A PATH WITH HEART: Not an easy job


One of the things that surprised me most when I started working in California was to find an army of spokespersons working for politicians.

Some spokespersons are like walking encyclopedias who are available almost 24/7 to answer any question and who give the same treatment to ethnic media as to the mainstream English media.

But some spokespersons hardly ever deal with reporters and when they do, they take a whole day to respond if not multiple days. Once, when one of them finally called me back, I told him I was going to throw a party.

“What did you say?” he asked.

I went directly to the point of my press inquiry to avoid upsetting him.

There are those who never respond, even though you’ve explained to them what you need in two or three phone calls.

There are some that respond to your calls or e-mails if it is convenient for their bosses. If not, forget it!

Others interrogate you about the purpose of your story, so it seems as if they are trying to convince you that the story isn’t worthwhile. Of course, it’s not worthwhile to them.

Others call you after the story has already run, after you found an alternative source.

Reporters that work for ethnic media are at a disadvantage because preferential treatment goes to big newspapers. So the exclusive stories or previews will always go to them. A spokesperson once told me that the reality is that PR bosses will always give priority to the big English media.

But don’t assume that because the Communication bosses don’t read Spanish, you can make a mistake or run a story counter to their interests. No, then they call immediately and you’re in trouble.

Some want to give reporters lessons about journalism even though they never graduated from College or worked in the Media. That’s hilarious!

Do not think for a minute that having a Latino spokesperson is an advantage. Not at all. Of course, there are excellent ones, but others seem like their blood circulates too slowly and that they were never a part of the Media.

Others think that since they were part of the Media, they have the right to be abusers. “I bet Republicans ordered you to do this story,” told me one spokesperson. “Excuse me,” I said. “I am doing this story because I want to, and they don’t pay me to order me around”.

Of course, it is ideal for a Latino Reporter to work with a Latino Spokesperson. But this formula doesn’t work all the time.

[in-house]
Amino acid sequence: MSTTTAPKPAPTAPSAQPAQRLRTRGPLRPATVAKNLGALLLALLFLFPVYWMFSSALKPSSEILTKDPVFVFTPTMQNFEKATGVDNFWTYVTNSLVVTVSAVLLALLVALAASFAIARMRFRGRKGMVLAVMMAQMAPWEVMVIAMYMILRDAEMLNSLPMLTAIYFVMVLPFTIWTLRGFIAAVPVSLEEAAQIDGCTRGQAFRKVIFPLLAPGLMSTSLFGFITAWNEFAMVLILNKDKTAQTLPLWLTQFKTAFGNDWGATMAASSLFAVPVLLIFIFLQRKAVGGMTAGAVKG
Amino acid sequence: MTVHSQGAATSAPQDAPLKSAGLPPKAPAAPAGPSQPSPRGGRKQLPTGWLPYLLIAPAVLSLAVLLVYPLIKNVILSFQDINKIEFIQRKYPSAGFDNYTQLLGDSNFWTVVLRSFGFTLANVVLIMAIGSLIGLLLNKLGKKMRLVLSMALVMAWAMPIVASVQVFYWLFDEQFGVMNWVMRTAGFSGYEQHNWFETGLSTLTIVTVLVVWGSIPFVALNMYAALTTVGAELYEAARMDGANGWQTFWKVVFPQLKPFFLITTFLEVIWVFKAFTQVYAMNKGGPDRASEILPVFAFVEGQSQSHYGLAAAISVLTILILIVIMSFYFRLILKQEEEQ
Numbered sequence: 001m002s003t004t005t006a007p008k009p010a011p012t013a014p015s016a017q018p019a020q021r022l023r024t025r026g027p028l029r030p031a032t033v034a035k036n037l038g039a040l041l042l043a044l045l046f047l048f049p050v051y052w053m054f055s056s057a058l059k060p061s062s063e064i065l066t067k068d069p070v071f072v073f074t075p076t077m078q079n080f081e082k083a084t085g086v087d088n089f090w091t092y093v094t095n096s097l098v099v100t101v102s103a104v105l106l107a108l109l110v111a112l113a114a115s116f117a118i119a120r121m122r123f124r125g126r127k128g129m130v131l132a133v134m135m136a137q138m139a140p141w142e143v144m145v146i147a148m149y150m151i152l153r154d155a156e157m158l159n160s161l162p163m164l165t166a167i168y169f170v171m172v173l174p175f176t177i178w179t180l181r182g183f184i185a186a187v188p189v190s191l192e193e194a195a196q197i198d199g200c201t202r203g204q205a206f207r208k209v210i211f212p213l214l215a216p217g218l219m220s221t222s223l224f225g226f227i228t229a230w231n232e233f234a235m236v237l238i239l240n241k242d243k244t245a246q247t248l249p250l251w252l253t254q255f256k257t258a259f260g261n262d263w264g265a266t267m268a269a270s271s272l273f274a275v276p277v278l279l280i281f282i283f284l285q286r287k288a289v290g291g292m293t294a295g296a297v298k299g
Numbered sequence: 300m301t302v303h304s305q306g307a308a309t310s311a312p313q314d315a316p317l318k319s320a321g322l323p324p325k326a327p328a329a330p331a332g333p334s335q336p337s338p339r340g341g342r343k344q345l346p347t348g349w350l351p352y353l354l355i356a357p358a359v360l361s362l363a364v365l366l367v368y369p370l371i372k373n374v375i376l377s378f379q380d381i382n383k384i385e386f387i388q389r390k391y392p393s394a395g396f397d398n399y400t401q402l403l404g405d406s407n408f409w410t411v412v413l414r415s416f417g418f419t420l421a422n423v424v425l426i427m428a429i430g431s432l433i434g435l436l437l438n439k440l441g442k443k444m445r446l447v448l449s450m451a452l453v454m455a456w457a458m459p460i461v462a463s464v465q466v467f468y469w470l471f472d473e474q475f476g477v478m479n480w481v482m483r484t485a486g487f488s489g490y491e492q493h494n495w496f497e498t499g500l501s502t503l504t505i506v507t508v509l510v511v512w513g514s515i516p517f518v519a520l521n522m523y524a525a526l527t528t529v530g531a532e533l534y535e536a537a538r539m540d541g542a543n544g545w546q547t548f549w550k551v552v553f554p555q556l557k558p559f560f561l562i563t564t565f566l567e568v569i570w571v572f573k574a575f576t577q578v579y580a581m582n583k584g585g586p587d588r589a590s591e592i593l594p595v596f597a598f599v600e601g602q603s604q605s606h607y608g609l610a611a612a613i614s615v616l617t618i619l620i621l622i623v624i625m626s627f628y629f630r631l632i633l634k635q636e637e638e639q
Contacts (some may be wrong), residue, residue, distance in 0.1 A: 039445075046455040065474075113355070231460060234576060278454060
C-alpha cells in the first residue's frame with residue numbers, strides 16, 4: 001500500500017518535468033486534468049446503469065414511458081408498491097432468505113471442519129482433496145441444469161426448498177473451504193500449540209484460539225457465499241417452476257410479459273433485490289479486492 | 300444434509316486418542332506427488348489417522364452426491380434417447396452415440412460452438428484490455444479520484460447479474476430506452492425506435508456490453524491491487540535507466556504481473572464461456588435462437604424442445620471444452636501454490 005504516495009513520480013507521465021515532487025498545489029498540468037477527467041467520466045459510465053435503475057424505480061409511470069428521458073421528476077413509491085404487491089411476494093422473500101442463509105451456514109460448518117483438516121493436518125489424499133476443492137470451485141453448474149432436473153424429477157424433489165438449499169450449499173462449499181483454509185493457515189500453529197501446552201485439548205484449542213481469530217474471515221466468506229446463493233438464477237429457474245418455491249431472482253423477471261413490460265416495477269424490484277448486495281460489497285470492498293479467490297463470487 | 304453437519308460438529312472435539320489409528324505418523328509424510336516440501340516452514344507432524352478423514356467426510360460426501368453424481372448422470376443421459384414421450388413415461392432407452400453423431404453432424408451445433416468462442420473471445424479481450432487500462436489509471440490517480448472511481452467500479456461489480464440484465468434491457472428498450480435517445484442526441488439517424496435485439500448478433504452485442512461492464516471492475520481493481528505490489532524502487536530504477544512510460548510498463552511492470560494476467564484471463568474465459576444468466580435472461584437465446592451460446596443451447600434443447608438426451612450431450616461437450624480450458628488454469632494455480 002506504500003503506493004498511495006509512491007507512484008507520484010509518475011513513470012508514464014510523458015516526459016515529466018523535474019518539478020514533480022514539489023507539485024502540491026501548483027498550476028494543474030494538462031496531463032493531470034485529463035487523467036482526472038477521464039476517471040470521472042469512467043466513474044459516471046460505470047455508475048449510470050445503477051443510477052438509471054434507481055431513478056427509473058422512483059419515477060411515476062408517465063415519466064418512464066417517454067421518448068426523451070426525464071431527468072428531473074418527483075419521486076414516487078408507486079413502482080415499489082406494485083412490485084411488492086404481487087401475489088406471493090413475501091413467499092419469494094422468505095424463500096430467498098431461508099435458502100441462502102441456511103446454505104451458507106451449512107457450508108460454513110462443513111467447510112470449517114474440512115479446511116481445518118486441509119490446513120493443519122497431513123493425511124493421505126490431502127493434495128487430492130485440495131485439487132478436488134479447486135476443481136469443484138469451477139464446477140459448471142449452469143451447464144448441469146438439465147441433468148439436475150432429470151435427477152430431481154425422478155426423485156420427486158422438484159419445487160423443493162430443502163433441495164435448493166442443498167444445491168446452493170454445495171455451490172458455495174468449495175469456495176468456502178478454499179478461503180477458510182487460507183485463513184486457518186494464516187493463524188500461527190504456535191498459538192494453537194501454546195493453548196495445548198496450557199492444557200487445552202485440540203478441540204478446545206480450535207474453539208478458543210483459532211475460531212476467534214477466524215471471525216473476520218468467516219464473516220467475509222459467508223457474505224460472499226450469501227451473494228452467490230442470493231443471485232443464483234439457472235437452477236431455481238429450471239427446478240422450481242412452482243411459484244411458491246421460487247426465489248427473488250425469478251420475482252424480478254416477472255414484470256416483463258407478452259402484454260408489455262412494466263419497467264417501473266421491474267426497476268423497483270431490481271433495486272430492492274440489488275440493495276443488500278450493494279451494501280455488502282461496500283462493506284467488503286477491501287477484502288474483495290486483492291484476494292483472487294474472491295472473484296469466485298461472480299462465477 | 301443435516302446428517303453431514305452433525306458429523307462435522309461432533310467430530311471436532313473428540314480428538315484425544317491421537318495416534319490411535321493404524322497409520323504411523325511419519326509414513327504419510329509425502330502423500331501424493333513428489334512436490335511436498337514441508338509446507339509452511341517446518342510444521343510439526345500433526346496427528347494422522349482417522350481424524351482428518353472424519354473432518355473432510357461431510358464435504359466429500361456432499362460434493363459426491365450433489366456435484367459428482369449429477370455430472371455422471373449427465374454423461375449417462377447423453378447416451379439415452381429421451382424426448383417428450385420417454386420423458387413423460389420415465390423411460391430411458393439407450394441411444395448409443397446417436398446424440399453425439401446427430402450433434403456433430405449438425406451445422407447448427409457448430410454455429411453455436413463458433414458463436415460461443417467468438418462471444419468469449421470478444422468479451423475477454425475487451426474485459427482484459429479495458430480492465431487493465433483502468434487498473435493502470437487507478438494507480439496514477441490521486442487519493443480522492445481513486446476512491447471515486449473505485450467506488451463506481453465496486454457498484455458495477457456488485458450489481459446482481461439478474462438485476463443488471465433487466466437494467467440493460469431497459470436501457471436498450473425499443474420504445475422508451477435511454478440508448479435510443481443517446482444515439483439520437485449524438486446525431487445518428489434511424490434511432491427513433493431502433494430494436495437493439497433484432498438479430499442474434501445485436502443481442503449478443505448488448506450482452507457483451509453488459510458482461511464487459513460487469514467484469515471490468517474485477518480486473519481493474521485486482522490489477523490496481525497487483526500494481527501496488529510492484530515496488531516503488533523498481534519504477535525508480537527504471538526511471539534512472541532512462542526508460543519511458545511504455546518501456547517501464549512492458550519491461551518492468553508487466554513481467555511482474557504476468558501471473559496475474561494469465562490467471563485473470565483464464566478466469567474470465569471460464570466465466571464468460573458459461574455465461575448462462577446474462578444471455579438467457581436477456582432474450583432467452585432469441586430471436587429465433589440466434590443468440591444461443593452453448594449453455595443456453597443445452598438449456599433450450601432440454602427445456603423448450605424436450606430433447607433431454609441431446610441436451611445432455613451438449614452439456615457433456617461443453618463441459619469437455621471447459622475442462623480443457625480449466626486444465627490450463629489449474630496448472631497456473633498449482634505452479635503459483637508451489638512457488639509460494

Most spokespeople earn salaries higher than ordinary people. Some make up to $150,000 per year. I am fine with that if that spokesperson is highly productive, but in some cases they do not pull their chestnuts out of the fire for you. Then it is very frustrating.

However, at the end, I must say I am happy because most of the spokespeople at the Capitol are helpful, and when they are not, I do not take it personally. In the end, there’s always someone who can help you.

I understand that theirs is not an easy job. They must deal with demanding bosses and pushy reporters, some of whom think they are the last coca cola in the desert.

I hope I am not in the Diva category.

(Edited: Maria Ginsburg).


  • Araceli Martinez Ortega

    Araceli Martínez Ortega is a Mexican journalist who has lived in California in the last nine years. This collaboration is about her personal journey through Las Americas and wherever she goes.

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One Comment

  1. Department of burning pants: As we noted Wednesday, state Republican leaders are spinning like Schwins the claim that the GOP statewide ticket represents not only a breakthrough for their white man’s party, but, more broadly, a stirring display of never-before-seen diversity in the history of California politics.

    The latest reporter to bite on this story is Araceli Martinez Ortega, writing at the Spanish language site Impre.com. Here’s a bit of a translated excerpt eblasted by the GOP:

    As never before in its history, Republicans have managed to put together a formula that represents the diversity of the state – two female candidates, a Latino, and an African-American – with the goal of winning the general election in November…They face a Democratic ticket consisting primarily of Caucasians (emphasis ours).

    Sigh. Ortega can probably be forgiven for peddling this canard; after all, for him to have discovered that the two party tickets have exactly the same numbers of men, women, whites and minorities would have taken incredible effort, on the order of the complex and wide-ranging investigation Calbuzz conducted by counting up the demographic traits of those on the ballot.

    But the state party is a different story. They sent this stinky cheese around the state, knowing full well that the claim of an ethnic and gender difference between the two slates is a total crock.

    For that we’re awarding them a copy of the shortest book ever published – “Richard Nixon’s Guide to Telling the Truth” (Introduction by Meg Whitman).

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